Square aims to enable babysitters, small coffee shop owners, flower stand businesses and other small businesses to accept credit cards at a flat rate of 2.75 percent per transaction, reveals the mobile payment start-up’s founder in a long interview with The Telegraph’s Emma Barnett.
Jack Dorsey, who is still more famous for co-founding Twitter, estimates that there are 30 million small business owners who can potentially become Square customers. Only 6 million of them currently accept credit cards, he says.
OK, let’s first take a look at how Barnett, with Dorsey’s help, describes Square and then we’ll break it down:
In order for Square to work, the vendor has to own an iPhone, iPod Touch, iPad or an Android-powered phone. They then need to download the free Square app, apply for the plastic reader – which is delivered free of charge within two to three working days – and then plug it into the headphone socket of the device.
A vendor then swipes a customer’s card through the plastic square plug-in to process the sale. The Square device reads the card information through the device’s microphone. The customer then signs using their finger on the touchscreen and chooses whether to receive their receipt via text or email.
So this is how Square users will be accepting payments and it is an incredibly simple process. But then there is this:
For every card payment, the vendor is charged the flat rate of 2.75pc and Square takes its cut from that percentage. The amount varies due to the different deals it has in place with credit card companies such as Amex or Visa.
It is this unchanging 2.75pc commission that Dorsey thinks is one of Square’s major selling points to business owners.
Business owners, when being sold a credit card terminal, are blinded by the offer of 1.79pc rate. However, that rate only applies on qualified cards, and so come the end of the month, the business owner has paid a range of commission costs, which go up to 4.5 pc, depending on the card, and end up paying out more of their profits than they wanted to. Square’s rate is flat across all type of credit cards.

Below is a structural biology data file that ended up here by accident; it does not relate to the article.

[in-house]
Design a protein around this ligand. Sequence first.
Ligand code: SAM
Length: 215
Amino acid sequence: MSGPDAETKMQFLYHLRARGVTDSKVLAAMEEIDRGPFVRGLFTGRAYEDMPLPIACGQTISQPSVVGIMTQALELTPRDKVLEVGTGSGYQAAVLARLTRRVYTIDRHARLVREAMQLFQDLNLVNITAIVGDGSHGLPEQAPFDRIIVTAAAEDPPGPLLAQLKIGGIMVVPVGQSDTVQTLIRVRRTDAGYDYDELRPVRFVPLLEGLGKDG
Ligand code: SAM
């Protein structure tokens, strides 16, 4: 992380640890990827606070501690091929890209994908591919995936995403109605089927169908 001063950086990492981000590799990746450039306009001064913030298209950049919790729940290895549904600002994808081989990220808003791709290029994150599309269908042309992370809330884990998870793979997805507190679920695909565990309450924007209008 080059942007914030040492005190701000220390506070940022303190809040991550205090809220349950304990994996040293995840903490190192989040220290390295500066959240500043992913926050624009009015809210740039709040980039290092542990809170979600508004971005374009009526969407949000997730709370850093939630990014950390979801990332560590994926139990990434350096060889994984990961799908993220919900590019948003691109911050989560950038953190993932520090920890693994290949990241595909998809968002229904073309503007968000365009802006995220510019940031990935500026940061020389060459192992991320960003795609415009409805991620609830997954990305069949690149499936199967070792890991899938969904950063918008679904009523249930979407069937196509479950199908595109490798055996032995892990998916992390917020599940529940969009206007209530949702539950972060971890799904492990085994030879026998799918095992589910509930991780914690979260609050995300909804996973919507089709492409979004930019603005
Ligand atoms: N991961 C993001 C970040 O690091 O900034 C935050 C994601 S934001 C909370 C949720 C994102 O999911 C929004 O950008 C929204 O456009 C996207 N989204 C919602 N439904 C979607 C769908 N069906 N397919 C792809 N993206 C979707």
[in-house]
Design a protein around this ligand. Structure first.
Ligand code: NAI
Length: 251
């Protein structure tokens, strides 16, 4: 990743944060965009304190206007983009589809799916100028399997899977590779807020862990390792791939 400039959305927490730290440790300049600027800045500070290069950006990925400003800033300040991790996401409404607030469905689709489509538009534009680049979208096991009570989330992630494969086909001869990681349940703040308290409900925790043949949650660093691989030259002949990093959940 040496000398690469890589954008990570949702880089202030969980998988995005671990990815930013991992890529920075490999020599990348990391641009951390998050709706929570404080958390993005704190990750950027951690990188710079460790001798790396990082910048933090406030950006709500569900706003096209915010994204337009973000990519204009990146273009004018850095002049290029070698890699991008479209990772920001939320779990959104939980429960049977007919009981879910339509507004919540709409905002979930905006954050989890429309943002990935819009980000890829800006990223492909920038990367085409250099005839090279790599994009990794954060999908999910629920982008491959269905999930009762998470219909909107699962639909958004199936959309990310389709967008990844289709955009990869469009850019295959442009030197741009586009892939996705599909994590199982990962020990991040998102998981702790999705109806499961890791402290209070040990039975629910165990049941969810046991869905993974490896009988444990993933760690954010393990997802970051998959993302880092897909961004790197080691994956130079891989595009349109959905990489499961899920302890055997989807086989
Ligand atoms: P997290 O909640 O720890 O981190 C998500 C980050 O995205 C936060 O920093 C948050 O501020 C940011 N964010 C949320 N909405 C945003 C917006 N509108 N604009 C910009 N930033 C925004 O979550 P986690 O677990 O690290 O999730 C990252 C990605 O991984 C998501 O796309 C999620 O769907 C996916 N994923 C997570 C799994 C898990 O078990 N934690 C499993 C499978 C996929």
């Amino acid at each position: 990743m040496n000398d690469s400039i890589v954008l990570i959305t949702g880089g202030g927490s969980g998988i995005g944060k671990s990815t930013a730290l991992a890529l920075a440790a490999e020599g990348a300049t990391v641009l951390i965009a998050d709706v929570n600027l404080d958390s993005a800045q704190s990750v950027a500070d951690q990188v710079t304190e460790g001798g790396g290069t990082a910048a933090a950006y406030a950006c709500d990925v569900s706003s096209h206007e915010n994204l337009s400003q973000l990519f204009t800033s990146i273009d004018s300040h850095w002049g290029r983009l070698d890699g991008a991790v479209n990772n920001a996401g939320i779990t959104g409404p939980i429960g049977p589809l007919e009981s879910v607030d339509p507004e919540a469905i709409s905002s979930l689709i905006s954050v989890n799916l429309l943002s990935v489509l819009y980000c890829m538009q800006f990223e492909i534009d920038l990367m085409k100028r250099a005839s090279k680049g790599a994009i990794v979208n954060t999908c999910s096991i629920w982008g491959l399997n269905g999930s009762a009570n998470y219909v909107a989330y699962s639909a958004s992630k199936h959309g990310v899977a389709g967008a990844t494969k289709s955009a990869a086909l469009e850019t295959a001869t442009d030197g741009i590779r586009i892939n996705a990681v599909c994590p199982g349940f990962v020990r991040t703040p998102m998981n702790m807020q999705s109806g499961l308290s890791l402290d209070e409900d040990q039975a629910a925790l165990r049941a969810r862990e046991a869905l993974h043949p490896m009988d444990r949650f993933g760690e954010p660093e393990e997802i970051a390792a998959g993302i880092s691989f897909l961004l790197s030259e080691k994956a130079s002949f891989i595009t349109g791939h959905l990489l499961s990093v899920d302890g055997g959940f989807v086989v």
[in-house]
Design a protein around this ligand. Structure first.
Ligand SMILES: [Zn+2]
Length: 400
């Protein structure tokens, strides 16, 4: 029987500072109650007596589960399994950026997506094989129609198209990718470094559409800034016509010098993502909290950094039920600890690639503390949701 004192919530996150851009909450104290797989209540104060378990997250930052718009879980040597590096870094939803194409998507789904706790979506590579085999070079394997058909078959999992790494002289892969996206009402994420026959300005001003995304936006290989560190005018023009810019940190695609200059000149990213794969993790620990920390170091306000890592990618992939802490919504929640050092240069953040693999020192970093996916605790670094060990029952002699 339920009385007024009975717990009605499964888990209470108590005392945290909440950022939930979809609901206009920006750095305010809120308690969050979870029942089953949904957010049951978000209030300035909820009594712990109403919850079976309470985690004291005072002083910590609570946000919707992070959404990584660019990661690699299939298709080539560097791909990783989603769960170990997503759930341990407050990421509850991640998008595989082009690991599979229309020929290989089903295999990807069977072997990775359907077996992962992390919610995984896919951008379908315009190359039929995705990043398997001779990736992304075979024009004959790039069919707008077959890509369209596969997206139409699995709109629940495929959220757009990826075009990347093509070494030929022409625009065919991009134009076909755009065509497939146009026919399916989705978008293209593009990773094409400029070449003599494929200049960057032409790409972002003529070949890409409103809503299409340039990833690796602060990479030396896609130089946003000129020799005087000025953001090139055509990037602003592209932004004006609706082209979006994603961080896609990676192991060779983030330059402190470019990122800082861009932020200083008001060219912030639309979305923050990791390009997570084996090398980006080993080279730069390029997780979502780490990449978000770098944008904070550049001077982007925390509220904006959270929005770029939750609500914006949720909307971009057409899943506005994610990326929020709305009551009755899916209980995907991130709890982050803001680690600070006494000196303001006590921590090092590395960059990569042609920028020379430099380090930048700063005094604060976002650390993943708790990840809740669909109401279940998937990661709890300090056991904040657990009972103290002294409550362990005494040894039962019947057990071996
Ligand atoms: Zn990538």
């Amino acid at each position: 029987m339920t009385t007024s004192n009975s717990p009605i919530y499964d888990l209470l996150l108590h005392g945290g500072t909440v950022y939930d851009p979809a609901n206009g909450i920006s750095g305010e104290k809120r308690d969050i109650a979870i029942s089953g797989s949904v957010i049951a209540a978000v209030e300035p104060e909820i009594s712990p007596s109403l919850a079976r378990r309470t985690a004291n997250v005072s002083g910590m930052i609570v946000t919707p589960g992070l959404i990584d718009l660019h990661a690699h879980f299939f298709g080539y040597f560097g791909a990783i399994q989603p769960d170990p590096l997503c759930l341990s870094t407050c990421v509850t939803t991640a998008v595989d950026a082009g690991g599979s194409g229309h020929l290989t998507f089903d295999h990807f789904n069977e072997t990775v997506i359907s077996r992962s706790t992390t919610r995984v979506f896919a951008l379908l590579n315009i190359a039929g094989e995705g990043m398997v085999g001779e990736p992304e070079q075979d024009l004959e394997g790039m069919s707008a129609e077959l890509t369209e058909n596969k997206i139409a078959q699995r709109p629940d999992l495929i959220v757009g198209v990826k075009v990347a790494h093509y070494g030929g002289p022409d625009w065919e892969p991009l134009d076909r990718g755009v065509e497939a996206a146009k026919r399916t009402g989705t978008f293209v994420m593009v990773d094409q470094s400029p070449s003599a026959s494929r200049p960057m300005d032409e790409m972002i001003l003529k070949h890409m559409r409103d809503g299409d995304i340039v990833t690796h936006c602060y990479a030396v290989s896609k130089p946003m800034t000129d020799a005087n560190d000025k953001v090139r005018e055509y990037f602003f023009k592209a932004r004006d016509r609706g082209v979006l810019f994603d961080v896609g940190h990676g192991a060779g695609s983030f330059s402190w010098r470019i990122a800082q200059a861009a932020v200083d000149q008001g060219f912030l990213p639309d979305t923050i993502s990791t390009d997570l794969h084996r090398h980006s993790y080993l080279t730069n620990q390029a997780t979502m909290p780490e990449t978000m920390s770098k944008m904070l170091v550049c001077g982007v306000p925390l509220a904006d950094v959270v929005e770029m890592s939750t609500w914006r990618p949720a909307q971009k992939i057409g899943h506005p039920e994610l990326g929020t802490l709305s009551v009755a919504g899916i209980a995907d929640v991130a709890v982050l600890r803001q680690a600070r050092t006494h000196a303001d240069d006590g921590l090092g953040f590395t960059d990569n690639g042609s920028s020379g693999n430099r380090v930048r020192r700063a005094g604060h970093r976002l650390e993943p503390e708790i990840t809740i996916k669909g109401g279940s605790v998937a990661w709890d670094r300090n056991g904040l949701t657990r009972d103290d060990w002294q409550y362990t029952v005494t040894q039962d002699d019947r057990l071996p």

Now, that statement is wrong. It’s actually worse than that, it is misleading. Square’s rate is neither “flat,” nor “unchanging.” Dorsey is right that business owners are often duped into signing contracts with complicated “tiered” pricing structures, where the advertised “qualified” rates often only apply to a small percentage of the transactions. The “non-qualified” transactions are processed at substantially higher rates.
For example, our own two-tiered pricing structure for retail merchants has a qualified rate of 1.65 percent + $0.20 per transaction, while our non-qualified rate is 3.05 percent + $0.20. The difference comes from the fact that Visa and MasterCard charge us higher fees for payments involving certain types of cards and for payments processed not by swiping but by key-entering the transaction data. If we don’t charge higher rates for these types of cards, we would be paying these fees out of our pockets. We actually advise merchants to consider the interchange-plus pricing model, but that is the subject of another discussion.
These are the rules of the game and we are all bound by them, including Square. See, Dorsey’s start-up too uses a two-tiered pricing structure. All swiped payments are processed at 2.75 percent + $0.15 per transaction, and all key-entered (yes, there is such an option) – at 3.50 percent + $0.15. The reason why Square’s rates are substantially higher than ours is that they charge no fees other than the processing fees, whereas we are forced to require a monthly minimum. That means that our merchants must generate a certain amount of fees for us, otherwise we charge them for the difference. We do that because our processing bank charges us about $10 for the monthly maintenance of each of our accounts.
So yes, Square is an extremely appealing credit card acceptance solution for small businesses and consumers with low monthly transaction volumes. It is easy to set up, works great and the associated costs are reasonable. That doesn’t mean, however, that Jack Dorsey can be justified in spreading misinformation about either his own service or about his competitors.
Image credit: Square.